Luckily, we can easily tell which universe we’re currently in by Paltrow’s various bandages and hairstyles (things would have gotten awfully confusing without those surface level details in there). Writer Peter Howitt is only credited as a writer on one other film, which is a shame, because Sliding Doors is written really well. The characters always feel human, including the Bad Guy, who is an asshole but always stays on the jackass side of being cheaply evil. The ending, though… well, feel free to email me to discuss how stupid it is and how it is on so many levels. It’s rare to see so much good will earned by a film go down the toilet in a matter of six minutes.

10) Groundhog Day (1993)

If there’s an upside to Groundhog Day ruining director/longtime friend and collaborator Harold Ramis and Bill Murray’s friendship for 21 years, it’s the fact that the film responsible for that fallout turned out to be an immortal classic.

Like Phil’s ever-repeating day, Groundhog Day is endlessly rewatchable, and some of its quality may have actually come from Ramis and Murray’s on-set feud: Murray evidently wanted a far darker film and was so upset with the slapstick nature of the montage in which he kills himself over and over again that he deliberately acted, like any actor only showing up due to contractual obligations, as bored and disengaged as possible. The resulting performance of Murray’s disdain ended up perfectly reflecting Phil’s emotional state. If Murray had been in complete agreement with the film’s tone, his performance may have been less outstanding.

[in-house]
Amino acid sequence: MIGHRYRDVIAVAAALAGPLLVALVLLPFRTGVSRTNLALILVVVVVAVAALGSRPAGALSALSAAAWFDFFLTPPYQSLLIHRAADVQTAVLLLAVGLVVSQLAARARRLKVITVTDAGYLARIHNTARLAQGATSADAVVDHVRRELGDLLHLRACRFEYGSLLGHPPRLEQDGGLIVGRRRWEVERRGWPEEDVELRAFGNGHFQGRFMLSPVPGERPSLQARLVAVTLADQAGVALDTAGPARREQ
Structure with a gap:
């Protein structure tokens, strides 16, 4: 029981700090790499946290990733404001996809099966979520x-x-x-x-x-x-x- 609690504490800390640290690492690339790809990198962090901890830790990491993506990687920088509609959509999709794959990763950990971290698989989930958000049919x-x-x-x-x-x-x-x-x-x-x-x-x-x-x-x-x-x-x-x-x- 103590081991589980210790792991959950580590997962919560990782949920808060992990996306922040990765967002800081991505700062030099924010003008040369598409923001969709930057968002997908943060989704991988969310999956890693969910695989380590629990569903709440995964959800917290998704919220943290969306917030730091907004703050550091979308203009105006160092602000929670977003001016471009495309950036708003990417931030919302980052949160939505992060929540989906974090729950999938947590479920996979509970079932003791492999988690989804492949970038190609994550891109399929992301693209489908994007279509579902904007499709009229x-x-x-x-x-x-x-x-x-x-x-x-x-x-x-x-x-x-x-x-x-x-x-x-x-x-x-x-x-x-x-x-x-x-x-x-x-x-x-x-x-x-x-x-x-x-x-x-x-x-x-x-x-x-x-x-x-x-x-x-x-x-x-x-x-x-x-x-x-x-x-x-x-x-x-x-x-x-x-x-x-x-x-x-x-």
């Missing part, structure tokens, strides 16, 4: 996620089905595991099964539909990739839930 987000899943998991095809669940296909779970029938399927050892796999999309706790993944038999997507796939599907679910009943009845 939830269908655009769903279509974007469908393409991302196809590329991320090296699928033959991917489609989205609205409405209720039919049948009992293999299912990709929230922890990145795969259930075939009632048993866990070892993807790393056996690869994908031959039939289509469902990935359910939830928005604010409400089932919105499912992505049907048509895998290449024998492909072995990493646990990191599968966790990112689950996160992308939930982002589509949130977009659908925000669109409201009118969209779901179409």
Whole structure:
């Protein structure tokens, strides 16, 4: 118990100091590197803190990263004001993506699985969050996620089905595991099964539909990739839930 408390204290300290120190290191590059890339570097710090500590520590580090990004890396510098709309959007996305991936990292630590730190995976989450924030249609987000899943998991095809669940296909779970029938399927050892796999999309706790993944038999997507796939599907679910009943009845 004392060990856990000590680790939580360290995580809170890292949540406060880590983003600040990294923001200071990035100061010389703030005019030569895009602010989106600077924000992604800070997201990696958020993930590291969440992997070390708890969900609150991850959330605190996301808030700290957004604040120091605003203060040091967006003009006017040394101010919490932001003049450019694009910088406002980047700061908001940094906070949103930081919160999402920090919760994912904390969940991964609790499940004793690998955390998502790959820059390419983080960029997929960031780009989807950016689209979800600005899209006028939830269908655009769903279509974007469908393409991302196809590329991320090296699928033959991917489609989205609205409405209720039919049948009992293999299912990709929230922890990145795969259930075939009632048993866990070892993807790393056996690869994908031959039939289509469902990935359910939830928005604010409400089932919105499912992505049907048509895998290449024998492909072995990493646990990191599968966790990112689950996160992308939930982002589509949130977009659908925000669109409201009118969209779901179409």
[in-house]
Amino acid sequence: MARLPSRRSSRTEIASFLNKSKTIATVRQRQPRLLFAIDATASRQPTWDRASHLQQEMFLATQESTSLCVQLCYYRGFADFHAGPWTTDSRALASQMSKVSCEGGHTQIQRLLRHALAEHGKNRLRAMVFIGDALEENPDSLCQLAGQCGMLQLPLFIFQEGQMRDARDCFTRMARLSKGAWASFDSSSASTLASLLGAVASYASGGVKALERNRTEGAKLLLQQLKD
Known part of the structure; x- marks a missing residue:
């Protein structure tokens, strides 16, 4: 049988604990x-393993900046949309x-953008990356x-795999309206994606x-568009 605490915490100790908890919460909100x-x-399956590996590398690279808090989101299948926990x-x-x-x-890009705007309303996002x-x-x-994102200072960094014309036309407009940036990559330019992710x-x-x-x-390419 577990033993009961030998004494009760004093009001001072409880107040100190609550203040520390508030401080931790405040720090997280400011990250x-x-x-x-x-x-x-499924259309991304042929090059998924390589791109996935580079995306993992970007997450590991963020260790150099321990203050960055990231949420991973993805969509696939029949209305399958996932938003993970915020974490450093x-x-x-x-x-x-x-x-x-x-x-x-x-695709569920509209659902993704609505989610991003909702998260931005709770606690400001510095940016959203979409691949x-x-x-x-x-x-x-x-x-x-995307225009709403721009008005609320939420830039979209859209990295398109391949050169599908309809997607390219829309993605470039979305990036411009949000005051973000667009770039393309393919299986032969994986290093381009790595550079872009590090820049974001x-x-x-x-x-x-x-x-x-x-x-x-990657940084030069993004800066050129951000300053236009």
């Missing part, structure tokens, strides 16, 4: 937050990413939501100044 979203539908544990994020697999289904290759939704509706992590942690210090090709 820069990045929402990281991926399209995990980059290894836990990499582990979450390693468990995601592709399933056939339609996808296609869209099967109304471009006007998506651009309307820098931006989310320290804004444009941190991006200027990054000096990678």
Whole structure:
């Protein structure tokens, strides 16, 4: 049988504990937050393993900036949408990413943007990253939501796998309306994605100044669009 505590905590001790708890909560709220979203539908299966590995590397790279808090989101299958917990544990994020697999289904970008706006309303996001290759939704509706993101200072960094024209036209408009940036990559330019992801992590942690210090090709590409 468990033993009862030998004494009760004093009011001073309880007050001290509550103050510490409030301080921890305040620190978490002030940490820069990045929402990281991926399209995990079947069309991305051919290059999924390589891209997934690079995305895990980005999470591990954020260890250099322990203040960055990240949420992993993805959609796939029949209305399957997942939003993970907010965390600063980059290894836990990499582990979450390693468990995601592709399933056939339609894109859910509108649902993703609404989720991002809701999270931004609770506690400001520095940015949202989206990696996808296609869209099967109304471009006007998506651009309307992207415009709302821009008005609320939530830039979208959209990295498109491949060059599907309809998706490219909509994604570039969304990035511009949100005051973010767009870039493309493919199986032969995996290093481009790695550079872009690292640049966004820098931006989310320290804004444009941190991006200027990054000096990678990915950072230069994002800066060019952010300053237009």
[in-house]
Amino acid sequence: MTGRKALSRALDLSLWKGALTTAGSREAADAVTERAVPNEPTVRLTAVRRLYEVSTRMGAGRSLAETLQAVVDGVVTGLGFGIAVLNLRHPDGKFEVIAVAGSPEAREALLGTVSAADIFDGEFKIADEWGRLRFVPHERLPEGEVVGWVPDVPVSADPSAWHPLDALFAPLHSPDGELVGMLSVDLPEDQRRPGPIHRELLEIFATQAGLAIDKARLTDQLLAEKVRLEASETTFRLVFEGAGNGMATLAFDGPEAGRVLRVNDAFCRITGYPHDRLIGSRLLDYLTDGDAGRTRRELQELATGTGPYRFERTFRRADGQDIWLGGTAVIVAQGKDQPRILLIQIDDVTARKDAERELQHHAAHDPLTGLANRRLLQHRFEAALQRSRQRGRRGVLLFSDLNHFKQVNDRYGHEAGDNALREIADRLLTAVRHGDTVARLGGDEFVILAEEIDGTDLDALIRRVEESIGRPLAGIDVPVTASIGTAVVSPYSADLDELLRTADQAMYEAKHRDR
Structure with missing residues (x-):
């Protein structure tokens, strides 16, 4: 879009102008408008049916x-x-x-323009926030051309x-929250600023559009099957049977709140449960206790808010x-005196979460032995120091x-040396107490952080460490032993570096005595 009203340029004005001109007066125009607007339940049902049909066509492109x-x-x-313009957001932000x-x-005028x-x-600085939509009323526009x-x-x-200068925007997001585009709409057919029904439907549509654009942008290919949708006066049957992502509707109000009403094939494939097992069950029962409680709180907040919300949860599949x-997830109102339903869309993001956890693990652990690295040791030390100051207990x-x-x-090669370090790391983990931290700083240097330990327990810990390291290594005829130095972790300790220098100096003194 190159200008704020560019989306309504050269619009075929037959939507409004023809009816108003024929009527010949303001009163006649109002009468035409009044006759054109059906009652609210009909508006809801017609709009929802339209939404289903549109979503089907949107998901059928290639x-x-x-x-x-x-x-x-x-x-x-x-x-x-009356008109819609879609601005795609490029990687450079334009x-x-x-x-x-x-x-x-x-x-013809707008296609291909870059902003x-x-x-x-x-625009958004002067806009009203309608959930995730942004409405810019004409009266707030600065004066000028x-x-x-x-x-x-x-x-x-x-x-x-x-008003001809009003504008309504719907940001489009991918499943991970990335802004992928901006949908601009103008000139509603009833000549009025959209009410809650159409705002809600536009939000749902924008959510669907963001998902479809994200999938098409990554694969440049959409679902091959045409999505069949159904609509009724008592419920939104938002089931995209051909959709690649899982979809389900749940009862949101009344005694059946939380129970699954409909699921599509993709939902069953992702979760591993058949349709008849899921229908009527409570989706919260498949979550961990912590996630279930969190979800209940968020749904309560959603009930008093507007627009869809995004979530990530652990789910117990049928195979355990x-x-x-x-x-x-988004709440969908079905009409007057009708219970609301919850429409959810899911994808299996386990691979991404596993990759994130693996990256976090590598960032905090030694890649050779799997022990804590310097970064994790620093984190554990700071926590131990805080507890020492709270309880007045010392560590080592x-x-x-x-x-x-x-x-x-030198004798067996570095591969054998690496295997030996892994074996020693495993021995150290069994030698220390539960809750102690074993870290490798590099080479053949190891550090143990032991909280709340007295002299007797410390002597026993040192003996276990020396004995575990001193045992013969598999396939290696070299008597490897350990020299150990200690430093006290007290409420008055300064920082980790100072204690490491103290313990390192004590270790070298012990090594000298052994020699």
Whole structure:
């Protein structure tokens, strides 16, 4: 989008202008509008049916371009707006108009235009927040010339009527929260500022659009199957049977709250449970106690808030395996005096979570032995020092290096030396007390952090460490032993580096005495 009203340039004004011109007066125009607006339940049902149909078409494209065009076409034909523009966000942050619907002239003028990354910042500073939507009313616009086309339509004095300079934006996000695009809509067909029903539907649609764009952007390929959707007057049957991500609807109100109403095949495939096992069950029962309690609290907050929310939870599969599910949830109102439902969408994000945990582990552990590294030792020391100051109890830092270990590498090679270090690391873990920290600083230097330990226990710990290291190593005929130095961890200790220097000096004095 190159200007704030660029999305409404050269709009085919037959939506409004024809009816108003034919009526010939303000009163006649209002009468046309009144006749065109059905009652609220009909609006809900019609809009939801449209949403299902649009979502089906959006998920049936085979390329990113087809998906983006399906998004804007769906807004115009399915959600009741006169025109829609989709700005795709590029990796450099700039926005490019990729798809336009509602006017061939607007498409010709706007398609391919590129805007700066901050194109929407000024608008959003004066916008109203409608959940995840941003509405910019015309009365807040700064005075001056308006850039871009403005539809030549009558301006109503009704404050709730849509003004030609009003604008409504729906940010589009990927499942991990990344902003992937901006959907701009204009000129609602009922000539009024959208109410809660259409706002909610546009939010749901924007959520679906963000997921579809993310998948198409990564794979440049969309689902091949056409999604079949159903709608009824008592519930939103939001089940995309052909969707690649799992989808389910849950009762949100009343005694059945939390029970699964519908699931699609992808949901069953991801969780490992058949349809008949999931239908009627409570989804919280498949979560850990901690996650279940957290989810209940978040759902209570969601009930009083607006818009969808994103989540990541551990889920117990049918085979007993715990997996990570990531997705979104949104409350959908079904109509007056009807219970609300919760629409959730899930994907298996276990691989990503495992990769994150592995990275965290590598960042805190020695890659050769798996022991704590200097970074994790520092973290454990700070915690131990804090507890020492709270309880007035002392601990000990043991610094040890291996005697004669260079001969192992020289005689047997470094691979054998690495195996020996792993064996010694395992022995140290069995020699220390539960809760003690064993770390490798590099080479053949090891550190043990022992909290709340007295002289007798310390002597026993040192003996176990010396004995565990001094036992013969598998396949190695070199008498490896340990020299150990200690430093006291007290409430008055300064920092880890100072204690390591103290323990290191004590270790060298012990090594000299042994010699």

We’re lucky that the only big Groundhog Day movie is a good one—it’ll likely hold its crown of The G-Day movie for decades, and it deserves that crown. Even if, for whatever reason, Hollywood decides Groundhog Day movies are the Next Big Thing and releases a dozen of them, I’d find it hard to believe that any would be close to the quality of this one.

11) Chasing Amy (1997)

I was a massive Kevin Smith fan back in my high school days (’00-’04), and I can honestly say that I loved all of his films equally (although, technically, my favorite would change week to week). The only one I didn’t watch with an unhealthy frequency was Chasing Amy. Maybe it was too much rom and not enough com for me back then, but looking back on it now, it’s clear that it’s his best film. If I’d watched it more than Mallrats, I might be less of an idiot with girls today (I still thought a heartfelt speech could get you a girlfriend until approximately 2013, after it failed to work for the hundredth time).

It’s without a doubt Smith’s most honest work. Holden and Alyssa’s relationship is filled with so many pathetic actions and insecurity that it must have come from a painfully honest place in Smith’s heart. After Amy, Smith dipped into the surreal with Dogma, and then went full-blown screwball with Jay and Silent Bob Strike Back. When he returned to a more personal place with Jersey Girl, he was brutally gutted by critics and fans alike, and he’s never made anything serious again.

12) Sleepless in Seattle (1993)

I already wrote about Sleepless in Seattle in this roundup (No. 15), but this point bears repeating: When it comes to collaborations between Nora Ephron, Tom Hanks, and Meg Ryan, I prefer You’ve Got Mail. Unfortunately, that’s still not streaming on Netflix (and joy to the day when I can finally pour my soul out by writing about that one and hugely embarrass myself).

Sleepless is a good movie—perhaps even a classic—it just doesn’t connect with me like it does with a lot of other people. But, it does connect very much with a lot of other people, so definitely give it a go if you haven’t already seen it. 

Screengrabs via Netflix | Remix by Joey Keeton

Share this article
*First Published: Apr 30, 2015, 10:00 am CDT